By KATHARINE Q. SEELYE
It started as a joke and ended up as a shot heard round the Internet, with the joker losing his job and Wikipedia, the online encyclopedia, suffering a blow to its credibility.
A man in Nashville has admitted that, in trying to shock a colleague with a joke, he put false information into a Wikipedia entry about John Seigenthaler Sr., a former editor of The Tennessean in Nashville.
Brian Chase, 38, who until Friday was an operations manager at a small delivery company, told Mr. Seigenthaler on Friday that he had written the material suggesting that Mr. Seigenthaler had been involved in the assassinations of John and Robert Kennedy. Wikipedia, a nonprofit venture that is the world's biggest encyclopedia, is written and edited by thousands of volunteers.
Mr. Seigenthaler discovered the false entry only recently and wrote about it in an op-ed article in USA Today, saying he was especially annoyed that he could not track down the perpetrator because of Internet privacy laws. His plight touched off a debate about the reliability of information on Wikipedia - and by extension the entire Internet - and the difficulty in holding Web sites and their users accountable, even when someone is defamed.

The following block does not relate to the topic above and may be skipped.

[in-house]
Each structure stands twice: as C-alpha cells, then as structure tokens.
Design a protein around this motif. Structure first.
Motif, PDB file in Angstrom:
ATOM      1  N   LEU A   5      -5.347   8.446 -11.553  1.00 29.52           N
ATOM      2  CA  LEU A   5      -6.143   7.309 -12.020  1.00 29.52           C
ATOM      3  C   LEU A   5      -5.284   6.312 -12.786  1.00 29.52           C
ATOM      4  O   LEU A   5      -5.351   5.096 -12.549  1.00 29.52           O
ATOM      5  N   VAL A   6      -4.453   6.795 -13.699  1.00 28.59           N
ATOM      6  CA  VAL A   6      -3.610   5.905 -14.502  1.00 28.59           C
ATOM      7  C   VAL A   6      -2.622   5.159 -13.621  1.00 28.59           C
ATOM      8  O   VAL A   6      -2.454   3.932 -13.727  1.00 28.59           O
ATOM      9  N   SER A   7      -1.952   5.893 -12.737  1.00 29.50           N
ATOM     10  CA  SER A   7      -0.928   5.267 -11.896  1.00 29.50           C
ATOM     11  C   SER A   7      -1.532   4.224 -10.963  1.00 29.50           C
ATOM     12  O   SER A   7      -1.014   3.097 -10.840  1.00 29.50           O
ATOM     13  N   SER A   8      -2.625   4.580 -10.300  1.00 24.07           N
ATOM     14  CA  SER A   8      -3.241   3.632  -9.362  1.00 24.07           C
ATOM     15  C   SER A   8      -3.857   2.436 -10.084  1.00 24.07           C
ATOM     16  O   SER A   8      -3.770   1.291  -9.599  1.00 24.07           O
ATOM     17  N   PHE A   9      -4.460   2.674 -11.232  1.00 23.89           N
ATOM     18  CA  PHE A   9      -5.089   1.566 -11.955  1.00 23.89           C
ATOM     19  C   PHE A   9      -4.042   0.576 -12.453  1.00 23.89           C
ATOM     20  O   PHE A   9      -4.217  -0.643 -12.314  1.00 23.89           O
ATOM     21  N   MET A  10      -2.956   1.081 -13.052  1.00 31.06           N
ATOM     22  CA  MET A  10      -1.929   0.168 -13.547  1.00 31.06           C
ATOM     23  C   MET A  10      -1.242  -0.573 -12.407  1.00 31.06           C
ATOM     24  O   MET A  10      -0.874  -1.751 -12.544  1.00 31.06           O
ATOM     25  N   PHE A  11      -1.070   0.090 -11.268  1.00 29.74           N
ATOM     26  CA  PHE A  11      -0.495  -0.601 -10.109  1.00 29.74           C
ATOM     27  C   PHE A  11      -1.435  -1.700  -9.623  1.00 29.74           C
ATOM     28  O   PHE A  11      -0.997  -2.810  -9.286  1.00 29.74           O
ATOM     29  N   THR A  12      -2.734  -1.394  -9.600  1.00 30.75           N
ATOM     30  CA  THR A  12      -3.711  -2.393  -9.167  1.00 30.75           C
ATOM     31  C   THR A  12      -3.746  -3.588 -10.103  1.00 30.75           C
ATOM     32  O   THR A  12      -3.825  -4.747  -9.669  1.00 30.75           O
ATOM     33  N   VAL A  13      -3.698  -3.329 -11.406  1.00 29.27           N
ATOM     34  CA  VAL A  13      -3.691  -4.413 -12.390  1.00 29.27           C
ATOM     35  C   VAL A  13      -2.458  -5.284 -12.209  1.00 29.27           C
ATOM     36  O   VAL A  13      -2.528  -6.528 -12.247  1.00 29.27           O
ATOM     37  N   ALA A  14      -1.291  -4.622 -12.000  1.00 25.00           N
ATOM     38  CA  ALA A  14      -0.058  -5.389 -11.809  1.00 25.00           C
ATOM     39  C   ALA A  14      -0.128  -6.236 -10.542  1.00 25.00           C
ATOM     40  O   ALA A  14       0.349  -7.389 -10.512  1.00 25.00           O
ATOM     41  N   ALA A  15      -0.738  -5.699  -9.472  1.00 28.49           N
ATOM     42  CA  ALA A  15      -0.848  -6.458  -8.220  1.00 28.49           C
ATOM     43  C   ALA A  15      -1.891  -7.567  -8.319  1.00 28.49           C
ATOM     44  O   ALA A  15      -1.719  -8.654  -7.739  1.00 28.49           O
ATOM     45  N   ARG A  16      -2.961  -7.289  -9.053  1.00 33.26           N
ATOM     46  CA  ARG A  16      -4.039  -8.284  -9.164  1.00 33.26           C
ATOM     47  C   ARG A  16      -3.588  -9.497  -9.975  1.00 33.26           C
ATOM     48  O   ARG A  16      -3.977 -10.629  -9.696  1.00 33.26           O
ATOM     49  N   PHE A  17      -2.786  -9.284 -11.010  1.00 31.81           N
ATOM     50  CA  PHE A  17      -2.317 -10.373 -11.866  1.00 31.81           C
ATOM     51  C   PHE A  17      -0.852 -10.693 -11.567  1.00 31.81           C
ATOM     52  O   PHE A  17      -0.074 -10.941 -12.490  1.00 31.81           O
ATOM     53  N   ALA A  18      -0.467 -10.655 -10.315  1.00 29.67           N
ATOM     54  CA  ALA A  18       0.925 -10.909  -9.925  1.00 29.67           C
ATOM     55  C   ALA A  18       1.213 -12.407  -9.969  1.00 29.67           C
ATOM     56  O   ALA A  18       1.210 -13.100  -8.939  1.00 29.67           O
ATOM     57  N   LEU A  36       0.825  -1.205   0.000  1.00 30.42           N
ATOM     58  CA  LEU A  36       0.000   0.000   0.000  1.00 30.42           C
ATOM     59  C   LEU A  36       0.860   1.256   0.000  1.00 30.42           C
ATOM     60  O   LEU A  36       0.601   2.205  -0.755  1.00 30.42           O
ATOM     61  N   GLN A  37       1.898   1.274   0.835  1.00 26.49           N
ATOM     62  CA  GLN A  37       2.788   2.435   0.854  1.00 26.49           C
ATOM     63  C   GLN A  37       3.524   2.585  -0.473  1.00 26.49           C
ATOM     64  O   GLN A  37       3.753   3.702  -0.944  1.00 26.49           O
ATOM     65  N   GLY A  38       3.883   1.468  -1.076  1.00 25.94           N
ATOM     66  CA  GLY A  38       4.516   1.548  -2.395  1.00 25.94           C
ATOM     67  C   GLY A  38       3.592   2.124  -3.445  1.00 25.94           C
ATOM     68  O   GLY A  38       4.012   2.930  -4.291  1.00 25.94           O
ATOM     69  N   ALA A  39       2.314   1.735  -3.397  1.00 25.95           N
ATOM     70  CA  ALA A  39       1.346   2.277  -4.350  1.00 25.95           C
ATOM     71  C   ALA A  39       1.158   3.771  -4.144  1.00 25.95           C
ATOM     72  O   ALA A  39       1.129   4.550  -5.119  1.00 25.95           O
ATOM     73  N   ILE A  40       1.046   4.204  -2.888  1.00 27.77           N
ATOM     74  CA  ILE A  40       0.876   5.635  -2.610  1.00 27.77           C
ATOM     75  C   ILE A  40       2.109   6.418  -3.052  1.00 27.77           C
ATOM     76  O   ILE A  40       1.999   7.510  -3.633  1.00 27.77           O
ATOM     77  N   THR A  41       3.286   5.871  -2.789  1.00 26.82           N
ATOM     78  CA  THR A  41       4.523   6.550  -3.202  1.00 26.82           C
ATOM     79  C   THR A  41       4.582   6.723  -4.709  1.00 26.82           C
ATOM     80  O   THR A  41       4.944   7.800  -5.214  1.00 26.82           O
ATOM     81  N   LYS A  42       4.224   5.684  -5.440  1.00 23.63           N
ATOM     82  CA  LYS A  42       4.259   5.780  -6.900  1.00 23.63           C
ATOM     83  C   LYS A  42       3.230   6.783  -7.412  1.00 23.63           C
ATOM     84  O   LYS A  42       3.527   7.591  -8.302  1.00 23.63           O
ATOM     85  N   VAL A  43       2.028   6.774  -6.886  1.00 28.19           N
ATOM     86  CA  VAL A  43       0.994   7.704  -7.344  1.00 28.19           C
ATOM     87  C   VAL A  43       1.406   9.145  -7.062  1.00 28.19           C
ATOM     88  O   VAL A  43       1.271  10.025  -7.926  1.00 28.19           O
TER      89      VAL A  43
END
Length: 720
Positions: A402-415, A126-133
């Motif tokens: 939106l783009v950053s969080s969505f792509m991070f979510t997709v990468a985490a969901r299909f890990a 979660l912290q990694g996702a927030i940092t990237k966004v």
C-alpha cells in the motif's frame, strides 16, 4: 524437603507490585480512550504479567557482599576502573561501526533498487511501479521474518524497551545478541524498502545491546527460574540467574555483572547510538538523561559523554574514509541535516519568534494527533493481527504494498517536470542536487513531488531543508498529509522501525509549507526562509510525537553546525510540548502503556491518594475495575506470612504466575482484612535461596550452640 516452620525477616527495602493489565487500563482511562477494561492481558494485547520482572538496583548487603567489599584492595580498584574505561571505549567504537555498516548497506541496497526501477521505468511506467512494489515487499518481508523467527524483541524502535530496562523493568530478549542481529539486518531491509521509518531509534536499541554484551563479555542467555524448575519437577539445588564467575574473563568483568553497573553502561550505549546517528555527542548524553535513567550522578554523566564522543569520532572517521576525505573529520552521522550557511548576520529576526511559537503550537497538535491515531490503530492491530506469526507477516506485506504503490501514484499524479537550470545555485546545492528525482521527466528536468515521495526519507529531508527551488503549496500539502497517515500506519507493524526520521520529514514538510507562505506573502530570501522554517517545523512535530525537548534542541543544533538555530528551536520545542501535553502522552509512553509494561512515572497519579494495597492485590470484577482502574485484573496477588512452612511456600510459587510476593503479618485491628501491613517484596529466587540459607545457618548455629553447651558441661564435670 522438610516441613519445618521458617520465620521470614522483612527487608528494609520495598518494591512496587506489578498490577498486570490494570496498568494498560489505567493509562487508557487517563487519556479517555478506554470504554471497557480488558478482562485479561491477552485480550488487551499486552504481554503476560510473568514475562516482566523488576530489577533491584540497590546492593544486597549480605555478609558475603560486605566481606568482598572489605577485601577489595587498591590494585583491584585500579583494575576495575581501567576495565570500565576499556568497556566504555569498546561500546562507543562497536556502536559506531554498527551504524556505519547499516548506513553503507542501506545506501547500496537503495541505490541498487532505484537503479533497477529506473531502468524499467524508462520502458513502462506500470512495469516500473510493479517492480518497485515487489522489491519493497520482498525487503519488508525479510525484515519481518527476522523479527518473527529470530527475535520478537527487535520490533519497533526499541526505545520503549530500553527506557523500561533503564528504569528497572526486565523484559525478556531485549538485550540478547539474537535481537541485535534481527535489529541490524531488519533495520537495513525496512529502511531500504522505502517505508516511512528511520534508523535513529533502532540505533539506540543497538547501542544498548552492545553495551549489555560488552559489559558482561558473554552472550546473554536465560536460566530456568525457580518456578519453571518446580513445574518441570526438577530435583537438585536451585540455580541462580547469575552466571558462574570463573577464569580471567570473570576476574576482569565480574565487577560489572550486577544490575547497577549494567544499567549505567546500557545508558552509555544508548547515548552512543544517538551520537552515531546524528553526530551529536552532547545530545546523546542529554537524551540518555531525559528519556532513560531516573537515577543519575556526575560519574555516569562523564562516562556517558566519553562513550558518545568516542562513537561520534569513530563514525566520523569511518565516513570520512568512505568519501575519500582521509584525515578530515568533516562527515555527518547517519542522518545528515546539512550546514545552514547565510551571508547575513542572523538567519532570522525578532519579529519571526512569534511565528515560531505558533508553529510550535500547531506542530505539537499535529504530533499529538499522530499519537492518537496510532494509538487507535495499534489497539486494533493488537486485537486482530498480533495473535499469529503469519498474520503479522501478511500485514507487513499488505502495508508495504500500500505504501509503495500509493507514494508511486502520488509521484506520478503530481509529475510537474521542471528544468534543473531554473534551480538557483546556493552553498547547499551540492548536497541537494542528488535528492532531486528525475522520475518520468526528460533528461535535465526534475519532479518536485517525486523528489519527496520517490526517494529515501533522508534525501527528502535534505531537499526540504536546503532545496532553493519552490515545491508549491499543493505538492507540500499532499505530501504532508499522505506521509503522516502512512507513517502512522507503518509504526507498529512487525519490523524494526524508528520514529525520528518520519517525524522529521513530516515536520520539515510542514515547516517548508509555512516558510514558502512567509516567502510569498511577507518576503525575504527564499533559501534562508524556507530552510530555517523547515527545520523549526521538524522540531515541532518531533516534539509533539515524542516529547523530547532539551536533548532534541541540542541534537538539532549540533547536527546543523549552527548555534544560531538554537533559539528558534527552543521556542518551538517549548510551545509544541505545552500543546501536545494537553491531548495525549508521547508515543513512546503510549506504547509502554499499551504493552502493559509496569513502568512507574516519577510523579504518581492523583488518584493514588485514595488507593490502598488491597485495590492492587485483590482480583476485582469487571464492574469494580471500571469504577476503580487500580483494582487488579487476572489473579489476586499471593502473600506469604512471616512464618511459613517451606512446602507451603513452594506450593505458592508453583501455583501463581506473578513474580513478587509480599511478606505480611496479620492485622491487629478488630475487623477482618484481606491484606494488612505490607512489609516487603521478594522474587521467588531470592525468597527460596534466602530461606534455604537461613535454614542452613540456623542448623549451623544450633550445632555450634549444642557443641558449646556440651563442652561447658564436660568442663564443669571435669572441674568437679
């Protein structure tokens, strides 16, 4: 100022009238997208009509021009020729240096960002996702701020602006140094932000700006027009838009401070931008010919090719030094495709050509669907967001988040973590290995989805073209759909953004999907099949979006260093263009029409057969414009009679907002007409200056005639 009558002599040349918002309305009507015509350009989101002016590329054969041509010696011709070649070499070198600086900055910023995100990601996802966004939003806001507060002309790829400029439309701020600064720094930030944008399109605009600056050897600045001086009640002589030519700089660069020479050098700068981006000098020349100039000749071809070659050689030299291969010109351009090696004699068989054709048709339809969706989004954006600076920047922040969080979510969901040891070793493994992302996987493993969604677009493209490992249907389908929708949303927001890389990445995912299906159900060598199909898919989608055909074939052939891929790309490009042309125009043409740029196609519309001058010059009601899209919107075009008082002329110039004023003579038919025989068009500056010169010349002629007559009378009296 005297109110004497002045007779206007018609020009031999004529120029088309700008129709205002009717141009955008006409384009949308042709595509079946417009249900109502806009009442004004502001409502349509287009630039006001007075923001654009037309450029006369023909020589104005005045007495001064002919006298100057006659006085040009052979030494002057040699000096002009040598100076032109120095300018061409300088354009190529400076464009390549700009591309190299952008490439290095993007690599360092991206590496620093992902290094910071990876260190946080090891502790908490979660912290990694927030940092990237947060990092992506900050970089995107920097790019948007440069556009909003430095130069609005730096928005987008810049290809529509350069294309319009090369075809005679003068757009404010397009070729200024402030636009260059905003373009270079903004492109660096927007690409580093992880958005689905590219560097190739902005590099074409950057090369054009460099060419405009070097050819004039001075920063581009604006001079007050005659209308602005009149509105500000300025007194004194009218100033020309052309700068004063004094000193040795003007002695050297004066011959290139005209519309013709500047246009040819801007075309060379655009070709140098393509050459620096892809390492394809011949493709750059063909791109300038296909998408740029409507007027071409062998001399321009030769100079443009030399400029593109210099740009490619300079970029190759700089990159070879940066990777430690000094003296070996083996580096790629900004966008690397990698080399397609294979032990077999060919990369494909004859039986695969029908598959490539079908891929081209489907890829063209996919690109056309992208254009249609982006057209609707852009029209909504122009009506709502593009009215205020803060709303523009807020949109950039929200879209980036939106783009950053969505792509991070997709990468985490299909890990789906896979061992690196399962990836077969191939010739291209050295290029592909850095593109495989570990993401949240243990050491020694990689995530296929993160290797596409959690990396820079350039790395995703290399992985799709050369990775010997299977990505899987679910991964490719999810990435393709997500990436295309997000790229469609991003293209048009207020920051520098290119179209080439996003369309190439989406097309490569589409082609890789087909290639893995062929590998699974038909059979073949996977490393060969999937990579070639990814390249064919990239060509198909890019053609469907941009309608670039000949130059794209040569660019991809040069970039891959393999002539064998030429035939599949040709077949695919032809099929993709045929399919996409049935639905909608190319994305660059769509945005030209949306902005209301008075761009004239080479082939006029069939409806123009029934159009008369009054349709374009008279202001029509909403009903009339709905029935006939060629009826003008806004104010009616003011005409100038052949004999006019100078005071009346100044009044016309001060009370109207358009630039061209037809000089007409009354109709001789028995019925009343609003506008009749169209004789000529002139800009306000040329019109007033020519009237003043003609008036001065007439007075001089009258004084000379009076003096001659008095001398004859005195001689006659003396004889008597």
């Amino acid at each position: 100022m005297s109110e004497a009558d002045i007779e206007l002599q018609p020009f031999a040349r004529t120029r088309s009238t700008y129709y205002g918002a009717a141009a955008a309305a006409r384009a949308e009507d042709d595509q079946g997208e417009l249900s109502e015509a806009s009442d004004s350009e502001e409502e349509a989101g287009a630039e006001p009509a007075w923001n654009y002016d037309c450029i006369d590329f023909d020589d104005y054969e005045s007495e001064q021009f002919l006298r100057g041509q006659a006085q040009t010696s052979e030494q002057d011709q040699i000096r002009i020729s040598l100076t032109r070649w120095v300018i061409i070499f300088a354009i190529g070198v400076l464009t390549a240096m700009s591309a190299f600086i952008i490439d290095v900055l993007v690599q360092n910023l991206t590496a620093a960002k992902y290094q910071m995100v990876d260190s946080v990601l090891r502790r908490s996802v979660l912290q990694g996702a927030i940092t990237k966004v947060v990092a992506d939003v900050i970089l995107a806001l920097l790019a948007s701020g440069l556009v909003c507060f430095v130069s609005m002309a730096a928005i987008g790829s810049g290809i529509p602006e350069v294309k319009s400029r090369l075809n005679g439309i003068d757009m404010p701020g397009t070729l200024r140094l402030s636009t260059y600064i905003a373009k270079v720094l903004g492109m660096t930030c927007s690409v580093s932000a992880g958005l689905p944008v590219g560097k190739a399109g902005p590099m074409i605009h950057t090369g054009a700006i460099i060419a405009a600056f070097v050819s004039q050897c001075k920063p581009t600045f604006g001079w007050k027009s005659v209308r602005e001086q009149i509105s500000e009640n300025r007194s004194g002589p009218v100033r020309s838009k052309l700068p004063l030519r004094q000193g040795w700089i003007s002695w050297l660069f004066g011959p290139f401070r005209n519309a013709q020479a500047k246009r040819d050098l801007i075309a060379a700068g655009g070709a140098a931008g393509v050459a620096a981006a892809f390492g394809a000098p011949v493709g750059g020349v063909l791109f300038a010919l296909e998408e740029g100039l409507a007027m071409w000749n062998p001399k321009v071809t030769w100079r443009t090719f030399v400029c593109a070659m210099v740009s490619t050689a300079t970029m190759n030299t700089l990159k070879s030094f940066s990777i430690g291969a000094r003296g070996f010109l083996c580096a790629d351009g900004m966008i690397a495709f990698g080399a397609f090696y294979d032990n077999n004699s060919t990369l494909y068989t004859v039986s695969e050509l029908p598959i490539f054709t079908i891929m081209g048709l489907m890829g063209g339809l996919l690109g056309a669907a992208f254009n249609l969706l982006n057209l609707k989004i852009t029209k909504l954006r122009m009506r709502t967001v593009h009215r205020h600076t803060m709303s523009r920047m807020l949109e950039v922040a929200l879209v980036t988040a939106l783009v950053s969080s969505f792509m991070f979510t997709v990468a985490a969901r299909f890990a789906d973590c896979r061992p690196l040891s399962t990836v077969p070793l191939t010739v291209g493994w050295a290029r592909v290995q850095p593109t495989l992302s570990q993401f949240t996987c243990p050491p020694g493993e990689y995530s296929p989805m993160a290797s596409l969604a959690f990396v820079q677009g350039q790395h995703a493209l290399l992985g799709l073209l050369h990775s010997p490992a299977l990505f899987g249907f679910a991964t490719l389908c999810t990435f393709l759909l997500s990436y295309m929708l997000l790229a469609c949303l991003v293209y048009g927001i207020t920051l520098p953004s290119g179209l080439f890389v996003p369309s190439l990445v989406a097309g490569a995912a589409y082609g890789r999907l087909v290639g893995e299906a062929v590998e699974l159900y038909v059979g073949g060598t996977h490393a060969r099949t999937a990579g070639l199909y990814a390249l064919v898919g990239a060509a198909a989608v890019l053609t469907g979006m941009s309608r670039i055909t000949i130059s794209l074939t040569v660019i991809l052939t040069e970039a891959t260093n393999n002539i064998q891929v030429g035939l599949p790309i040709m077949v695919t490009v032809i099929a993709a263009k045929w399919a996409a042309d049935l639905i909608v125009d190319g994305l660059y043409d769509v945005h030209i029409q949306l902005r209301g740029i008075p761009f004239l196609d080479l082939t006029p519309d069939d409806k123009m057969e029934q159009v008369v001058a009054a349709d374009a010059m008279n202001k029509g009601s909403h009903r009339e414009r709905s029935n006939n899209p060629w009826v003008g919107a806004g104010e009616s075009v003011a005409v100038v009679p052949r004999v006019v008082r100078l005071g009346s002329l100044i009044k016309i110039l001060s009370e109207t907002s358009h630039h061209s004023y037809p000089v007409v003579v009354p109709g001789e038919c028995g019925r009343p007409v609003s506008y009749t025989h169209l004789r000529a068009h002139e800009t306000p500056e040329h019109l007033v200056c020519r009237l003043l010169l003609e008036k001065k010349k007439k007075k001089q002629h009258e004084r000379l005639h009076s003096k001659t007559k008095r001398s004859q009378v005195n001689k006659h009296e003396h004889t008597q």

In a confessional letter to Mr. Seigenthaler, Mr. Chase said he thought Wikipedia was a "gag" Web site and that he had written the assassination tale to shock a co-worker, who knew of the Seigenthaler family and its illustrious history in Nashville.